The European Union has granted some $833 million to more than 1,000 Israeli scientific research initiatives under the Horizon 2020 program, a peerless research and innovation project with nearly €80 billion ($90 million) of funding available over seven years (2014-2020).
This week, 423 Israeli companies and researchers who won grants in 2018 were honored in a ceremony at the Peres Center for Research and Innovation in Tel Aviv-Jaffa. The ceremony was hosted by an EU Delegation to Israel, together with the Israel-Europe Research and Innovation Directorate (ISERD) and the Israel Innovation Authority.
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The Horizon 2020 program has allowed Israeli researchers, startups and innovators to gain access to European partners, integrate into an extensive infrastructure of European research, and participate in flagship scientific projects in the fields of quantum technologies, graphene and brain research, the Israeli Innovation Authority said in a statement.
Israeli researchers, particularly have been extremely successful in the European Research Council (ERC), part of Horizon 2020, and Israeli universities and research institutes can be found among the top 10 organizations worldwide hosting ERC grantees, the authority said.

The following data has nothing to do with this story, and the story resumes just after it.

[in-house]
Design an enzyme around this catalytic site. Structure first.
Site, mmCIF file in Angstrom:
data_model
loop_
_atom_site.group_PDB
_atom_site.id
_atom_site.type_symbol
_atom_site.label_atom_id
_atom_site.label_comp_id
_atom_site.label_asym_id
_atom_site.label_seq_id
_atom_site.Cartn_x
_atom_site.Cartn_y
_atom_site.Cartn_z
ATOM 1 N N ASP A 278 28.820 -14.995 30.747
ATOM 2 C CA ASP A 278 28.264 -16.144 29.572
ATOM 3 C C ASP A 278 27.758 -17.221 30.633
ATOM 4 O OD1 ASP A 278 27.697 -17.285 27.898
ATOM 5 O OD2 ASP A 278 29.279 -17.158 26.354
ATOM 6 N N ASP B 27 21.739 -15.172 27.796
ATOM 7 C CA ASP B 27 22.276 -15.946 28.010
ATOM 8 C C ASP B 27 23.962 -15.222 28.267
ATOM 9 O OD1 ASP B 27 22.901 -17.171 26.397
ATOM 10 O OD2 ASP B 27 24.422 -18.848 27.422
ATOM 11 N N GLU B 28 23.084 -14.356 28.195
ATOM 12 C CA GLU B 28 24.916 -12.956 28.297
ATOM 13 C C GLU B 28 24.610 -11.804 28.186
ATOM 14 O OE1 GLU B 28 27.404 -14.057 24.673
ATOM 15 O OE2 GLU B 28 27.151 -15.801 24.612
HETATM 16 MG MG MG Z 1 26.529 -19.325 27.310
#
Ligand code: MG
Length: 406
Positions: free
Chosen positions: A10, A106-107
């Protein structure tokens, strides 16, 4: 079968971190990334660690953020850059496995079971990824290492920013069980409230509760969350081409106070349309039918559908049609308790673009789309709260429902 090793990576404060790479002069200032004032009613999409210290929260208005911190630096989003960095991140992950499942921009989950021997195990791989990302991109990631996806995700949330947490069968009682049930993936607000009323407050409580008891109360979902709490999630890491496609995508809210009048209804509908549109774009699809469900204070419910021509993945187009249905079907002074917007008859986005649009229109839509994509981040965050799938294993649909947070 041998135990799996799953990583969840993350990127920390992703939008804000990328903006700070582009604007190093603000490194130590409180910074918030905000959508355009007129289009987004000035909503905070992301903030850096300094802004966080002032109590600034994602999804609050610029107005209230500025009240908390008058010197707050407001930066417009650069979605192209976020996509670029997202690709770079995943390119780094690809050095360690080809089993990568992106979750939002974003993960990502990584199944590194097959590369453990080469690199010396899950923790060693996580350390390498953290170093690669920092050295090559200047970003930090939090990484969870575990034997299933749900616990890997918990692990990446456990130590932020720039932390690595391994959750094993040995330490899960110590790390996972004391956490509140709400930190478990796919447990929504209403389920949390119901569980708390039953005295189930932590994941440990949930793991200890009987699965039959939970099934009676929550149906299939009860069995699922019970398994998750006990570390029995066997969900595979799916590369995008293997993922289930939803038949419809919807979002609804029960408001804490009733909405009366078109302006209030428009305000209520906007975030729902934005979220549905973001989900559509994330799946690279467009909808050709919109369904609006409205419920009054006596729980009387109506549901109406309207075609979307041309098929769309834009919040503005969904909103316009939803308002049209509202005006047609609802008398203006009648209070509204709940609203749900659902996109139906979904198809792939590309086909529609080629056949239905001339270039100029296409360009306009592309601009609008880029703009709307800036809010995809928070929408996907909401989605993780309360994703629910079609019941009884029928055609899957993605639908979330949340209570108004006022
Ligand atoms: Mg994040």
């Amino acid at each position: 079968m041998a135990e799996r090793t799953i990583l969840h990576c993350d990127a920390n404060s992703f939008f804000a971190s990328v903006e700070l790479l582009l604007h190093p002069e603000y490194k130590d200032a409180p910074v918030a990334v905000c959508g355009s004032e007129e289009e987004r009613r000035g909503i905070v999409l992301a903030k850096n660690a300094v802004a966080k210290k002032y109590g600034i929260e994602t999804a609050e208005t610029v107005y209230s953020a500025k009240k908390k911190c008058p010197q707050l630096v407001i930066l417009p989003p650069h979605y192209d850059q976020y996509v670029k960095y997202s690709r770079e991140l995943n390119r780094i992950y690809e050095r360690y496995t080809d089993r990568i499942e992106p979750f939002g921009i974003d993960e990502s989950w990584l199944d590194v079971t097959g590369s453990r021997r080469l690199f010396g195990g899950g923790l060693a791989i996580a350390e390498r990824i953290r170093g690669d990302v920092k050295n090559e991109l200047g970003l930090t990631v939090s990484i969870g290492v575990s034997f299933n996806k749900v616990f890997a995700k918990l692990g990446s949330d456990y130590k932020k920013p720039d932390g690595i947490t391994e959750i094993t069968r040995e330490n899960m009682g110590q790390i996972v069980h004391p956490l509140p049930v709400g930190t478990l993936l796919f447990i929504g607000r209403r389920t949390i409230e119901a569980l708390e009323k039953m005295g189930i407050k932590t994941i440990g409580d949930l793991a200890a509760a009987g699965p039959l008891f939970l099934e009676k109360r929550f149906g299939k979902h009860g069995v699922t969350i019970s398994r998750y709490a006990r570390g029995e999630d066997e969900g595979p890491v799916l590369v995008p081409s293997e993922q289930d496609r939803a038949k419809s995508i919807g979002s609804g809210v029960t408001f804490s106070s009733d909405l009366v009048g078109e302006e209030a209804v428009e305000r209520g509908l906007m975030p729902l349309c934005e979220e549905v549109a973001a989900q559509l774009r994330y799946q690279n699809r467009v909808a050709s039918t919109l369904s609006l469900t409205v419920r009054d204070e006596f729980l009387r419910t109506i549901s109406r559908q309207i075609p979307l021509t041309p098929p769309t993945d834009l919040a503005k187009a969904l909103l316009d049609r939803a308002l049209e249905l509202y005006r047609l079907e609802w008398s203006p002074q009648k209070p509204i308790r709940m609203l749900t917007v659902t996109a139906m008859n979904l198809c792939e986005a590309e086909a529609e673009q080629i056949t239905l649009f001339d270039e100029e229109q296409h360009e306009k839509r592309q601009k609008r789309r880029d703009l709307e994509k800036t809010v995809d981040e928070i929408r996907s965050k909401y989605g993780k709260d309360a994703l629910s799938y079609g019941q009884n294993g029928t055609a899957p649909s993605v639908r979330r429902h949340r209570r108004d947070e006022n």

The 2018 Israeli grantees included 146 Israeli companies, 188 academic researchers and 42 projects including research institutes, municipalities, museums, and other entities.
Israel has been a partner in the EU’s research and innovation framework programs since 1996, and was the first non-European country to join the Horizon 2020 program.
Dr. Ami Appelbaum, Chief Scientist at the Israel Ministry of Economy and Industry, Chairman of the Israel Innovation Authority, and Chairman of ISERD’s Steering Committee said the program “enables industry and academia in Israel to compete in the world of excellence and innovation.
The average success rate for eligible applicants is only about 14 percent, so winning a grant in the program is a sign of quality and excellence for both researchers and companies,” he noted.
Nili Shalev, director-general of ISERD, said the program not only provides generous funding grants but also “elevates the quality of research, enables recruitment of high-quality workers, provides investment in advanced equipment, and facilitates work at international standards.”